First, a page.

Just imagine the shown picture of the tip, but with a slightly blunt tip, and then draw a line on paper where the edge would be if etch of around 10% more of the diameter. This will result in a sharp tip. It certainly is worth to try to verify on your real tips. At the very least, the time at which you turn off the current and stop / slow the etching is not as critical as you may think.

    1. Hi PWalsh,
      A product of the etching is tungsten trioxide. As the tungsten wire is etched, tungsten trioxide falls out of solution and coats anything below. The bottom of the submerged wire is coated with tungsten trioxide from etching happening above. This results in the submerged wire being coated in electrically insulating tungsten trioxide; only the very top is not. Thus etching happens preferentially at the surface of the etchant.
      Cheers – Baird

    1. 😂
      A bit too fragile I suppose. I was going to throw one on, but then realized how much difficulty it would be to balance the tone arm to reduce the weight on the tip to keep from bending.

  2. I might be thinking of another instrument, but this seems like the thing that somebody told about once where the probes can be made by simply cutting a piece of the wire with a pair of pliers – often enough, so the story went, the tip was just that one lonely atom. Maybe it was an atomic force microscope now that I think of it…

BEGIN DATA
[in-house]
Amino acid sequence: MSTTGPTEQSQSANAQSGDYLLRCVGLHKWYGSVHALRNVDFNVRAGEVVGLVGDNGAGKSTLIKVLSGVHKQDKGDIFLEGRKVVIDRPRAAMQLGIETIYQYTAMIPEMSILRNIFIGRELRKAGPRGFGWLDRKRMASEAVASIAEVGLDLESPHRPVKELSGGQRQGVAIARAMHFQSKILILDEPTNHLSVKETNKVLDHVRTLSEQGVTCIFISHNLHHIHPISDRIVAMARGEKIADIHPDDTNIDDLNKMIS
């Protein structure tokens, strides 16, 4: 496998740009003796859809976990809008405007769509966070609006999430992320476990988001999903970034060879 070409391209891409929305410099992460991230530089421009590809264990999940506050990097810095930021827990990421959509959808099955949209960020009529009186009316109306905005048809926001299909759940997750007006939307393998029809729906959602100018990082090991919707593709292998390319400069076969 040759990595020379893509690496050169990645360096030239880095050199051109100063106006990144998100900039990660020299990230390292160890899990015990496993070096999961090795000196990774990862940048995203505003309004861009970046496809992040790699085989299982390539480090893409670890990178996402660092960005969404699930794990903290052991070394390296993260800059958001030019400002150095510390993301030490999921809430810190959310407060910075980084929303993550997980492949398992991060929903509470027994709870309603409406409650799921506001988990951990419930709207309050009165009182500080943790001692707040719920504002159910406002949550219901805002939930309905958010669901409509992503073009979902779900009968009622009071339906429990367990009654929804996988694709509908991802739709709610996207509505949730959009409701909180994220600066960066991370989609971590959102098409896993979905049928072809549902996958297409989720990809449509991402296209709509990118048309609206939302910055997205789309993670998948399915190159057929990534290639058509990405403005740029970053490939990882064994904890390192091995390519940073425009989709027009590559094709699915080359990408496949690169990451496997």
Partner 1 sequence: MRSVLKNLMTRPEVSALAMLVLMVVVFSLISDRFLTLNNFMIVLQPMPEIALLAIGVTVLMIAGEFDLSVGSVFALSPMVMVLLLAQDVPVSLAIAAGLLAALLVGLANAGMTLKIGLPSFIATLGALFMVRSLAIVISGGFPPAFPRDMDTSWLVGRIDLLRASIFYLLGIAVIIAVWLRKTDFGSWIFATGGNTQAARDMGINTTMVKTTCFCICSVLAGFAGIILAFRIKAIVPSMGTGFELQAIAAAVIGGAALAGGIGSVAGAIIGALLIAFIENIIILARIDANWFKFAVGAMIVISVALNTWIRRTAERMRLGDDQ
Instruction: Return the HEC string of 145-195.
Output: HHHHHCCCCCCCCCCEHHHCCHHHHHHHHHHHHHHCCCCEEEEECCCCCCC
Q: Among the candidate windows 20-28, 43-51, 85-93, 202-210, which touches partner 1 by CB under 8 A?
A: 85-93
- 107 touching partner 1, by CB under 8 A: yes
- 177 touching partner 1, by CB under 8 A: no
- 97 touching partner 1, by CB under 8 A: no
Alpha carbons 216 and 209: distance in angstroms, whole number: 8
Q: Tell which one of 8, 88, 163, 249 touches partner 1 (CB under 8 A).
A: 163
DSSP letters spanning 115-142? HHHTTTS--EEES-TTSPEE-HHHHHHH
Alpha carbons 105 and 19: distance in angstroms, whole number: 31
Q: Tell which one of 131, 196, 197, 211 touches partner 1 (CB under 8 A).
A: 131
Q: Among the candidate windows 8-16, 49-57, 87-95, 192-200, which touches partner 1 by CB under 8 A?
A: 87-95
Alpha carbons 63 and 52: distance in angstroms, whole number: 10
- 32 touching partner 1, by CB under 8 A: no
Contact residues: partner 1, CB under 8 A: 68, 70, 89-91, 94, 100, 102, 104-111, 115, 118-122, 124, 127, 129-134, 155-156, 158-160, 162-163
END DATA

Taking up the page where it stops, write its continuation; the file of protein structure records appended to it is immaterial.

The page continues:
1. Hi Andrew,
      This is the same instrument you are thinking about. People also cut platinum iridium wire with pliers, and hope the tip is sharp. This works well for a lot of people, and I used to do that; however for our research we need to position STM tips on a sample within a micron or so, and having the long, well-defined geometry of etched tips allows us to more accurately position the tips.
      Atomic force microscopy (AFM) typically uses a piece of diamond on the end of a semi-rigid cantilever. Then the cantilever is vibrated at its natural resonant frequency, while a laser measures the vibration amplitude. As the diamond on the end of the cantilever comes close to a surface, the van der Waals forces bring the cantilever out of resonance, which can be realized by a drop in amplitude on the laser’s deflection.

Leave a Reply

Please be kind and respectful to help make the comments section excellent. (Comment Policy)

This site uses Akismet to reduce spam. Learn how your comment data is processed.